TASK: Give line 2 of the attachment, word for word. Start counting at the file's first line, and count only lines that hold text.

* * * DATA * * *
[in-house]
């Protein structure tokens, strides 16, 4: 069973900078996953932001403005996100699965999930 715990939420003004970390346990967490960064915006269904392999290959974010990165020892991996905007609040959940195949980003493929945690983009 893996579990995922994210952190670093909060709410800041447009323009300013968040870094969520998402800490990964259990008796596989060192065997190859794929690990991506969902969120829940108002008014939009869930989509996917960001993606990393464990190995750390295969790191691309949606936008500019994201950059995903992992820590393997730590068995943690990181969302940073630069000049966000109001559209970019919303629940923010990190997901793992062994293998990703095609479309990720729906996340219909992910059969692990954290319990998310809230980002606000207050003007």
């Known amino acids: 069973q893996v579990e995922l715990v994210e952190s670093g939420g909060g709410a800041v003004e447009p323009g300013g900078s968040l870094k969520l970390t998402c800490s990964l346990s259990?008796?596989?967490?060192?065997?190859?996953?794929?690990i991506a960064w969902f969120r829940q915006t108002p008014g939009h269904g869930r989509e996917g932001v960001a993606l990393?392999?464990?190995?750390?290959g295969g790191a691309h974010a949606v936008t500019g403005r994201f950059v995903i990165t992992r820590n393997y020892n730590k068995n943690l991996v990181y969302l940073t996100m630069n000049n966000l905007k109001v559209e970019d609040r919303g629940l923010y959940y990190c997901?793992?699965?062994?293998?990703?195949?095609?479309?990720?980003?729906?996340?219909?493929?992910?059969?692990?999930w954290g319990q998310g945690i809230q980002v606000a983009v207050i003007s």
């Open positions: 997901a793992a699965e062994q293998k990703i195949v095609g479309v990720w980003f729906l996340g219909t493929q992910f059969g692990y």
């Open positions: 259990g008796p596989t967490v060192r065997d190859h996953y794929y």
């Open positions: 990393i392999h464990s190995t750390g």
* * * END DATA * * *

């Protein structure tokens, strides 16, 4: 069973900078996953932001403005996100699965999930 715990939420003004970390346990967490960064915006269904392999290959974010990165020892991996905007609040959940195949980003493929945690983009 893996579990995922994210952190670093909060709410800041447009323009300013968040870094969520998402800490990964259990008796596989060192065997190859794929690990991506969902969120829940108002008014939009869930989509996917960001993606990393464990190995750390295969790191691309949606936008500019994201950059995903992992820590393997730590068995943690990181969302940073630069000049966000109001559209970019919303629940923010990190997901793992062994293998990703095609479309990720729906996340219909992910059969692990954290319990998310809230980002606000207050003007």